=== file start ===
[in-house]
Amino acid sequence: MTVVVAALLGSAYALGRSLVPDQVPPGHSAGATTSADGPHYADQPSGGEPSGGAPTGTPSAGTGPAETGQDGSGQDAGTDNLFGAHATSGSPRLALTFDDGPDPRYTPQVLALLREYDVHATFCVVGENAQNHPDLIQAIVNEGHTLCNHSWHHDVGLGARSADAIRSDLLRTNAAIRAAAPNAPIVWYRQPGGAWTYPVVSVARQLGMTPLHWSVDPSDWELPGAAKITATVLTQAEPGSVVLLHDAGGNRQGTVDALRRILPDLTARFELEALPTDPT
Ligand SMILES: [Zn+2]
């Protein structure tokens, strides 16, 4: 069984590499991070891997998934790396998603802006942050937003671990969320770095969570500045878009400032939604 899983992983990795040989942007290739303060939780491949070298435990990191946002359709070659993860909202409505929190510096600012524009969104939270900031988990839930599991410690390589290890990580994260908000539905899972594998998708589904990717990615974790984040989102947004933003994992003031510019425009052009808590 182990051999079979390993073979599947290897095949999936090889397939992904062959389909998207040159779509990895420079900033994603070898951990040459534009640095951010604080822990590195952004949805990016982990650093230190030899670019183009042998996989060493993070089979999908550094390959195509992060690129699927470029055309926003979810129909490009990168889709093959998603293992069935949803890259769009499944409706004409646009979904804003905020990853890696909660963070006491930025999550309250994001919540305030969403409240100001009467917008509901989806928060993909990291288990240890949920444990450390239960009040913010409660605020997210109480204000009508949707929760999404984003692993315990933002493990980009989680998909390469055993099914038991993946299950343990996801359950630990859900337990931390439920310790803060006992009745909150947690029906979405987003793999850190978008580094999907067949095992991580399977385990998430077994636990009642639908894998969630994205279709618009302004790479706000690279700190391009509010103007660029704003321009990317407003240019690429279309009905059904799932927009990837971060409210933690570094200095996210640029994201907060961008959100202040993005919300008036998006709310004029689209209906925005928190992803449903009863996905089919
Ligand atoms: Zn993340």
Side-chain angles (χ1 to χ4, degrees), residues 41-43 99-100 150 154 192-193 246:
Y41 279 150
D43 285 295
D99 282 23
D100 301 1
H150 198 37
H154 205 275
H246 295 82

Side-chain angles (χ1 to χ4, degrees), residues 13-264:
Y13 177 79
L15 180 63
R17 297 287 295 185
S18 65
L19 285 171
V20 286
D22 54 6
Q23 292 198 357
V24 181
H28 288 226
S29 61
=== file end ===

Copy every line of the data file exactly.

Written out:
[in-house]
Amino acid sequence: MTVVVAALLGSAYALGRSLVPDQVPPGHSAGATTSADGPHYADQPSGGEPSGGAPTGTPSAGTGPAETGQDGSGQDAGTDNLFGAHATSGSPRLALTFDDGPDPRYTPQVLALLREYDVHATFCVVGENAQNHPDLIQAIVNEGHTLCNHSWHHDVGLGARSADAIRSDLLRTNAAIRAAAPNAPIVWYRQPGGAWTYPVVSVARQLGMTPLHWSVDPSDWELPGAAKITATVLTQAEPGSVVLLHDAGGNRQGTVDALRRILPDLTARFELEALPTDPT
Ligand SMILES: [Zn+2]
């Protein structure tokens, strides 16, 4: 069984590499991070891997998934790396998603802006942050937003671990969320770095969570500045878009400032939604 899983992983990795040989942007290739303060939780491949070298435990990191946002359709070659993860909202409505929190510096600012524009969104939270900031988990839930599991410690390589290890990580994260908000539905899972594998998708589904990717990615974790984040989102947004933003994992003031510019425009052009808590 182990051999079979390993073979599947290897095949999936090889397939992904062959389909998207040159779509990895420079900033994603070898951990040459534009640095951010604080822990590195952004949805990016982990650093230190030899670019183009042998996989060493993070089979999908550094390959195509992060690129699927470029055309926003979810129909490009990168889709093959998603293992069935949803890259769009499944409706004409646009979904804003905020990853890696909660963070006491930025999550309250994001919540305030969403409240100001009467917008509901989806928060993909990291288990240890949920444990450390239960009040913010409660605020997210109480204000009508949707929760999404984003692993315990933002493990980009989680998909390469055993099914038991993946299950343990996801359950630990859900337990931390439920310790803060006992009745909150947690029906979405987003793999850190978008580094999907067949095992991580399977385990998430077994636990009642639908894998969630994205279709618009302004790479706000690279700190391009509010103007660029704003321009990317407003240019690429279309009905059904799932927009990837971060409210933690570094200095996210640029994201907060961008959100202040993005919300008036998006709310004029689209209906925005928190992803449903009863996905089919
Ligand atoms: Zn993340």
Side-chain angles (χ1 to χ4, degrees), residues 41-43 99-100 150 154 192-193 246:
Y41 279 150
D43 285 295
D99 282 23
D100 301 1
H150 198 37
H154 205 275
H246 295 82

Side-chain angles (χ1 to χ4, degrees), residues 13-264:
Y13 177 79
L15 180 63
R17 297 287 295 185
S18 65
L19 285 171
V20 286
D22 54 6
Q23 292 198 357
V24 181
H28 288 226
S29 61